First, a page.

Use Good Bait and Fish Where the Fish Are

originally posted on Concept Hub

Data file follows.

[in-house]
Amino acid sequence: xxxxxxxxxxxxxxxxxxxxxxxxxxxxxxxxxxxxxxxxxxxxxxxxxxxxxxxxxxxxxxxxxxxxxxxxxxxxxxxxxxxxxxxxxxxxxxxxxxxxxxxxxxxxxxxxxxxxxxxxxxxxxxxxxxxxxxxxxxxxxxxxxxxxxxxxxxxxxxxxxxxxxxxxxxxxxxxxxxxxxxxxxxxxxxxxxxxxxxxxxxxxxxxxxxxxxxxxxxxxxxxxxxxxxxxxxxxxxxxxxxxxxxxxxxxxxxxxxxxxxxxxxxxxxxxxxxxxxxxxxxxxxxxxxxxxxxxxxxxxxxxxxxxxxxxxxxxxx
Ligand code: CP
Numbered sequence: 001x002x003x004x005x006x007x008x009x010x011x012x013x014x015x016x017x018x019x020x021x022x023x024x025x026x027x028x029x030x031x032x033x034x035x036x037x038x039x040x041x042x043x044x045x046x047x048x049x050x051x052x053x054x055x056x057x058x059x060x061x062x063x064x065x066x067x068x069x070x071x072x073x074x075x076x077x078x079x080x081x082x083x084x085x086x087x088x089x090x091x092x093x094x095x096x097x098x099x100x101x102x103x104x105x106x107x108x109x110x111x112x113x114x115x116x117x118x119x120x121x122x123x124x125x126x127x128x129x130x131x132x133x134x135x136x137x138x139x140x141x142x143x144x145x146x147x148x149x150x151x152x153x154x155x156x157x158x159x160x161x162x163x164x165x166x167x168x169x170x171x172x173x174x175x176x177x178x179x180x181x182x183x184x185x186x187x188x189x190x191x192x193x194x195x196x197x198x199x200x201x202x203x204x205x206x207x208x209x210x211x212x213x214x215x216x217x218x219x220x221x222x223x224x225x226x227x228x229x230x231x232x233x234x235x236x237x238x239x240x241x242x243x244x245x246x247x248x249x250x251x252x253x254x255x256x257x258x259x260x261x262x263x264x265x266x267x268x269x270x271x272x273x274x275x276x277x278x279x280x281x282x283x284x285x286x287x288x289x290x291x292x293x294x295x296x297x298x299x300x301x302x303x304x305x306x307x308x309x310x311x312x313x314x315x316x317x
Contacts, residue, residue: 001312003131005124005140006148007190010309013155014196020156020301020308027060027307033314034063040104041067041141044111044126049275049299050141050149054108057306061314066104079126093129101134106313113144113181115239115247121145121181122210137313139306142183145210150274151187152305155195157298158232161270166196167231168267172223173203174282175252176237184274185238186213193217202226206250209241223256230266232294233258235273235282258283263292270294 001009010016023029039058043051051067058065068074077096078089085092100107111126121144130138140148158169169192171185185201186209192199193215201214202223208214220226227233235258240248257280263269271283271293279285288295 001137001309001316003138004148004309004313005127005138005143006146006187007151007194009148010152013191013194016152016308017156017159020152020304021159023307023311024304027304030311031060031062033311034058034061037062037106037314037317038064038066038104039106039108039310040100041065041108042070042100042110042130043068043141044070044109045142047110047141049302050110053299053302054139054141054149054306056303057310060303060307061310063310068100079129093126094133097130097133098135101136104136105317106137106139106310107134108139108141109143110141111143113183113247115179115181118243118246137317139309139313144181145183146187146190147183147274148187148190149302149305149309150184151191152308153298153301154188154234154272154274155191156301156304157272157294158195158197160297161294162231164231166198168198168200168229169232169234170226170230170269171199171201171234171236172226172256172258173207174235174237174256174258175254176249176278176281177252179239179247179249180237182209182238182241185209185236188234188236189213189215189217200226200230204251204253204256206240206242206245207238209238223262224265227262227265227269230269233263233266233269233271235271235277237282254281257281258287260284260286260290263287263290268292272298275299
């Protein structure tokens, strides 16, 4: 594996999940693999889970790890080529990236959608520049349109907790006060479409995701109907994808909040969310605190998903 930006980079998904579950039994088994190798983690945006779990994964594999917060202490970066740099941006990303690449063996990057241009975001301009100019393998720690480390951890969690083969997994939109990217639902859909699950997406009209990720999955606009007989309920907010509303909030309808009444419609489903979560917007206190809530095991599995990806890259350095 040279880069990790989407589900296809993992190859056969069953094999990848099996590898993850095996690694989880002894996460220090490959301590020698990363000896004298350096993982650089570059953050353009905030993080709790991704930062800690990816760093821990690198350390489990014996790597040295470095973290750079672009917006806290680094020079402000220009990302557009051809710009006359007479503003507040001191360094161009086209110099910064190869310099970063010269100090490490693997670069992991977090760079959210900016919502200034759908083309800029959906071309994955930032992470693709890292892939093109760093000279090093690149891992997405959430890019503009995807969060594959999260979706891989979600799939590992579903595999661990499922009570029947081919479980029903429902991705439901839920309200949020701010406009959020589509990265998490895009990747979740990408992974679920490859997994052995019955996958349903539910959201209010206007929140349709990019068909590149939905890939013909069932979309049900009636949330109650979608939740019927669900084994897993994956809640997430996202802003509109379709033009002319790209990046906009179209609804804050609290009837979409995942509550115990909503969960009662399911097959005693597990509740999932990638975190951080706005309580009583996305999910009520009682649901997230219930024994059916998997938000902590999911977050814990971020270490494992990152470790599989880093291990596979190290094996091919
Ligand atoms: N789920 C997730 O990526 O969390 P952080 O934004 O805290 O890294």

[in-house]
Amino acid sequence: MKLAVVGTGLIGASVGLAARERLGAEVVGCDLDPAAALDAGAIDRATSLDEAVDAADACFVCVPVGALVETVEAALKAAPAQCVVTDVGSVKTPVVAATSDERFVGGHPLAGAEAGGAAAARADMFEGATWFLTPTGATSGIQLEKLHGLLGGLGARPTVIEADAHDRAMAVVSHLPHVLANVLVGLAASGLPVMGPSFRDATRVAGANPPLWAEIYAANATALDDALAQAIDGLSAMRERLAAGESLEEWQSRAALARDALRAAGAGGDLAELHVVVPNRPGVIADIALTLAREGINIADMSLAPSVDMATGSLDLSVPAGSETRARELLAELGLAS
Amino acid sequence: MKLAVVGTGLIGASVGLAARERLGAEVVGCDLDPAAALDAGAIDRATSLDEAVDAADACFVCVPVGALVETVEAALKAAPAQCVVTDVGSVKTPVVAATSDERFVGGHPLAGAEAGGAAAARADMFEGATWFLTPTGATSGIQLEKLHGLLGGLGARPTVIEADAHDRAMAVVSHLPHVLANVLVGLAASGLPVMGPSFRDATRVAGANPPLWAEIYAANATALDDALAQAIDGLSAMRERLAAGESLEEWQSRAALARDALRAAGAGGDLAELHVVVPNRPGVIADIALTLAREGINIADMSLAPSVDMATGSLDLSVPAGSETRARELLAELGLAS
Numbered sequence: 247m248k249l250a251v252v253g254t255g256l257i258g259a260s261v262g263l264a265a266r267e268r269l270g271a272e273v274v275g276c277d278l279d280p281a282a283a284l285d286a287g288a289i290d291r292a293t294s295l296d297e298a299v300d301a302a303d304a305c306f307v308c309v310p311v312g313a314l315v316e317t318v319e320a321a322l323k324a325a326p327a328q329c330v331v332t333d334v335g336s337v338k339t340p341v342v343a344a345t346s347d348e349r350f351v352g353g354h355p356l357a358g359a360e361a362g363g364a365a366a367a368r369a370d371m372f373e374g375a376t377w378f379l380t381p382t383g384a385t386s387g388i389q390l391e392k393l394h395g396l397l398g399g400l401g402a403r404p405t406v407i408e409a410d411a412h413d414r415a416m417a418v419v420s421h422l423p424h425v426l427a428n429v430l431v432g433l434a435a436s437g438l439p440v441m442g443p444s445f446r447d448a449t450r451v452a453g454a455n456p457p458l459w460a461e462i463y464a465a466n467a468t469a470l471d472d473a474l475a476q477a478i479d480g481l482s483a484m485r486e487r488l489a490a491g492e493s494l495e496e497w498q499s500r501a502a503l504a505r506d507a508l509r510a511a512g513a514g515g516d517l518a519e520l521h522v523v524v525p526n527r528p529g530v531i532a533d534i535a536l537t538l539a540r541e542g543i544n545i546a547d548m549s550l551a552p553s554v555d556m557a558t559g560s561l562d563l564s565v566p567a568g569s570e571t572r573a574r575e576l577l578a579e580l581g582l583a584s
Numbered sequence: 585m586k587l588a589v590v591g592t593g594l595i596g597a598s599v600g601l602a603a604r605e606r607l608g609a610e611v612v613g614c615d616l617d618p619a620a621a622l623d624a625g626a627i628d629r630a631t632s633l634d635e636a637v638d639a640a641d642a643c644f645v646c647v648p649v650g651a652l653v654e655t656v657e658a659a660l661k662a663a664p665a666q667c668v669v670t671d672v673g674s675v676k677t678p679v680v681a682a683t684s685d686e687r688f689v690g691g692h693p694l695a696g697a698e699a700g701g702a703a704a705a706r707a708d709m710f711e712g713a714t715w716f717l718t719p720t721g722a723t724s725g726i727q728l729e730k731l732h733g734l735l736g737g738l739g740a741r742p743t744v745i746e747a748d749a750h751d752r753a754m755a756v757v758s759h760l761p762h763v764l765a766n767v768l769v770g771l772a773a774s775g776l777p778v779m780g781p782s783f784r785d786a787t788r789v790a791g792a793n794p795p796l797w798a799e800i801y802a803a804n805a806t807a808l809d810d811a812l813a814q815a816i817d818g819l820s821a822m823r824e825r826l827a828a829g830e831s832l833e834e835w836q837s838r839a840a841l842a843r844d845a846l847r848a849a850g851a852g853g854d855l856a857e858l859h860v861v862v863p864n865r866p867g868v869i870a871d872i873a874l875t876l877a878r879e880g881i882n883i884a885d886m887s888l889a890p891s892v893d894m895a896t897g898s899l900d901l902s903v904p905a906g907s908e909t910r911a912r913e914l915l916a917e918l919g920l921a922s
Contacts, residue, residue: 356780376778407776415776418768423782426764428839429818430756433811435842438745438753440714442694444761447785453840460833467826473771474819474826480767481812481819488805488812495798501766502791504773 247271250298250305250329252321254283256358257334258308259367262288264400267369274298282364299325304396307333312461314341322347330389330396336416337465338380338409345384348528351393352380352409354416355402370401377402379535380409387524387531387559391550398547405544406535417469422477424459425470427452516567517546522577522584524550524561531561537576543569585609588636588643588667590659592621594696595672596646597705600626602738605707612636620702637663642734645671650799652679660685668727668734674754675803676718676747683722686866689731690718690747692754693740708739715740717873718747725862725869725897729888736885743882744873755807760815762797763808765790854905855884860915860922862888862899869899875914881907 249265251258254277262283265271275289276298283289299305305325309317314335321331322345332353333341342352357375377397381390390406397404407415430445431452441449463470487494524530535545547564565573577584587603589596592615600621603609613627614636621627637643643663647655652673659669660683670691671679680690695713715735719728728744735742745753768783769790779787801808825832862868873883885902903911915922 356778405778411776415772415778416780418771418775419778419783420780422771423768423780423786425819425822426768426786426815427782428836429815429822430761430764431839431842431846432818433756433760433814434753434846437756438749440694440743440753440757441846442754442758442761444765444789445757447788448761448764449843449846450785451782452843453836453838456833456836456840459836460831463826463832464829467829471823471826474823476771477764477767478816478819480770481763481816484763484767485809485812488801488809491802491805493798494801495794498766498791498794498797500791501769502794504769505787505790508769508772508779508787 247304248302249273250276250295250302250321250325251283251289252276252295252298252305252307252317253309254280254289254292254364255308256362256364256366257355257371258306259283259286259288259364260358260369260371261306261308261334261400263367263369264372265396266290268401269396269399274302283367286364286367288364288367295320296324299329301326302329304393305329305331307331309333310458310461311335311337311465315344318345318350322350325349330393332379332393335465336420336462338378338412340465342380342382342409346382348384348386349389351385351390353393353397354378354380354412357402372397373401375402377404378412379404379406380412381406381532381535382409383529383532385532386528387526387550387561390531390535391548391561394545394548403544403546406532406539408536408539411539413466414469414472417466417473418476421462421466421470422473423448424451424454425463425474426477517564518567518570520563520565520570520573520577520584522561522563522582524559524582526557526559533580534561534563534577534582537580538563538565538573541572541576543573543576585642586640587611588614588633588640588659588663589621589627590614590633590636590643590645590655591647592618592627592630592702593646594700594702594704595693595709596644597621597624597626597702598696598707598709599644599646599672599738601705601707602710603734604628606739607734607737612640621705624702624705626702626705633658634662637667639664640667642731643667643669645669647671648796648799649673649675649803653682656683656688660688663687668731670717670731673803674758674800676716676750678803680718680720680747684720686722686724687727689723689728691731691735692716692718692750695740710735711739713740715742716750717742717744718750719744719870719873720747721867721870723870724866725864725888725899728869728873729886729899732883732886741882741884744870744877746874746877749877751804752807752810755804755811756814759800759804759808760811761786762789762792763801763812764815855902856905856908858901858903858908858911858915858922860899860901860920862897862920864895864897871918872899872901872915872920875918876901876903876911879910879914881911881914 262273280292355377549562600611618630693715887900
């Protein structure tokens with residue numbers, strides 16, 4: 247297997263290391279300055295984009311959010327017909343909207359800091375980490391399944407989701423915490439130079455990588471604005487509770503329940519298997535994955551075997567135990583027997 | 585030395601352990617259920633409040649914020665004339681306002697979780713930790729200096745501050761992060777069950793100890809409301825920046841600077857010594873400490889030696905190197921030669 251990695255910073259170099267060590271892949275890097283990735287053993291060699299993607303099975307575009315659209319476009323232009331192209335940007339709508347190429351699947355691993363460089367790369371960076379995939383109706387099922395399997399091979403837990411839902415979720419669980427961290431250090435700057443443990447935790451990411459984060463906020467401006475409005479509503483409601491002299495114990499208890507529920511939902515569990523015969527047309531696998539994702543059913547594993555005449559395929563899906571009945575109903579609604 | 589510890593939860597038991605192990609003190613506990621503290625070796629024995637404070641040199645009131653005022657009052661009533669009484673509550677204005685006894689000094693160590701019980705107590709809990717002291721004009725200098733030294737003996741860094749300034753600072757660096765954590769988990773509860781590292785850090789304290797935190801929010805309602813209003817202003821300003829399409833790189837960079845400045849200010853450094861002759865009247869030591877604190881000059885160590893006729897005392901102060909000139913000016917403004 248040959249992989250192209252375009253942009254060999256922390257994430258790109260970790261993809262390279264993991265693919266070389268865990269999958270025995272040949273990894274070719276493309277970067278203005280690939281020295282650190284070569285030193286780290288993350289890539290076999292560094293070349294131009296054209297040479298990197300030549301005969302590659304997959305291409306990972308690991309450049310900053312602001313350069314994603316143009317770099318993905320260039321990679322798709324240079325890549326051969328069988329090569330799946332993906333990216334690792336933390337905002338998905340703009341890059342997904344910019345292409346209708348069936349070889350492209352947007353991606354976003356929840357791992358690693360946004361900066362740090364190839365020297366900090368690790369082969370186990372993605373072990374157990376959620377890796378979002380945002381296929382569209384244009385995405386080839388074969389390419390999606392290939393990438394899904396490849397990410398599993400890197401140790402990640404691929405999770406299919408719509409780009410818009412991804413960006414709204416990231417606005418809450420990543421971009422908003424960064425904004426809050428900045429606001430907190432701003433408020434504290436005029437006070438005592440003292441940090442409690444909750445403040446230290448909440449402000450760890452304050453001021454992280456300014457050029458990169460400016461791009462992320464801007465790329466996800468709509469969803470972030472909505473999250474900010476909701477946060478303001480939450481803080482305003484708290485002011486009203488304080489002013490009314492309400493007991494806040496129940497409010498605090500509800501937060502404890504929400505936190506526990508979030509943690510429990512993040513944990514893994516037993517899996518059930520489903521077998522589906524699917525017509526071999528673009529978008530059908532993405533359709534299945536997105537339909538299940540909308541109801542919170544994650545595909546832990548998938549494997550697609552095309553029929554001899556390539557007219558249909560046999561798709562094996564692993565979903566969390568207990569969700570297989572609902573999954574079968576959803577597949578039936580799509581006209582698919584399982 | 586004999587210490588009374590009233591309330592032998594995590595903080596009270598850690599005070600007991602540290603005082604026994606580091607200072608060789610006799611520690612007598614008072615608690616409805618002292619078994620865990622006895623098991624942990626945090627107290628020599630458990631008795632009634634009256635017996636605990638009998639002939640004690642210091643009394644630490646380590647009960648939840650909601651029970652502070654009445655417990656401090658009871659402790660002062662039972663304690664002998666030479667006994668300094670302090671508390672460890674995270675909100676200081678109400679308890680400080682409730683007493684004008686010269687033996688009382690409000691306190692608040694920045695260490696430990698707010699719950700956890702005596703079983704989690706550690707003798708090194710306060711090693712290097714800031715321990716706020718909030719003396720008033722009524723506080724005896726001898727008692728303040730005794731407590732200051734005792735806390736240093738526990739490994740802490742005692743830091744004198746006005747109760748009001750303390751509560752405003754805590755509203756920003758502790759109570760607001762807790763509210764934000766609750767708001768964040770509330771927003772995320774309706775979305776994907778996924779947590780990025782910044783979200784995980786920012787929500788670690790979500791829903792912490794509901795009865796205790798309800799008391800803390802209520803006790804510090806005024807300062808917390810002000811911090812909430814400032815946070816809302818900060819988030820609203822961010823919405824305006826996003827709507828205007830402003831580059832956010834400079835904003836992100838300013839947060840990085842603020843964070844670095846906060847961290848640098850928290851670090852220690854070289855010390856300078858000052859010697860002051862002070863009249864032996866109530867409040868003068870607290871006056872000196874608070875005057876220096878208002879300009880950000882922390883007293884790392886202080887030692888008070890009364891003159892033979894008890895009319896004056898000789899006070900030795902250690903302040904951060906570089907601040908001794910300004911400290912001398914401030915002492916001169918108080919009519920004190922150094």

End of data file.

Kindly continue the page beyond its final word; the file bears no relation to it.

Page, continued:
I really only have one good fish story. I was 11 years old and my native American Step-Grandfather took me to a pond to fish using a cane pole. I actually caught something. I did not know what, but it was big. Too big to pull it out the way my grandfather was trying to show me. So I flung the cane pole over my shoulder and started running up the hill. Behind me was a big ol’ Bass flapping as it was being dragged up the hill. Behind the bass was my Grandfather ROFL (for those who do not text, that is Rolling on the Floor Laughing). So, if I am not much into fishing, what is up with the title of this post? I am working with a client on a very ambitious social networking project. We have done all kinds of research from evaluating the current landscape of relevant online networks to multiple focus group meetings. Today as I began laying out the plans to launch our first online outreach program  I sent my client a question to clarify our direction. Her response was that we need to “fish where the fish are.” That one cliche’ started me thinking about what a great analogy that is for many social networking sites. Recently I was having a conversation with someone about the challenges of launching what seems like ‘yet another social networking site.’ People are on LinkedIn, Facebook, Twitter, and the many other various sites that keep popping up. Creating just another site would simply be adding to the noise. This is true if that site is not offering anything of value that is not being offered somewhere else or is only created to be self-serving. So staying with the fishing analogy, the first thing you need to do is know what kind of fish you want to catch. The second thing you need to do is learn their behaviors, likes, and dislikes. What kind of fishing lures do you need? What is the best bait to use? You also need to know if they feed in the morning, afternoon, or at night. Finally, you need to know if they swim in schools, at the bottom of the deep end or in shallow water. Are they in salt water or fresh water? Imagine someone trying to seriously fish and all they do is take a cane pole to a pond with a bit of bread and cast it out in the middle of the afternoon. That is equivalent to what many social networking efforts look like. Yes sometimes they might catch the big bass, but if that wasn’t what they were fishing for, they might just have to throw it back. The moral of the story is before launching into your social networking efforts, know your audience and their behaviors, know what they are hungry for, and then go fish where the fish are.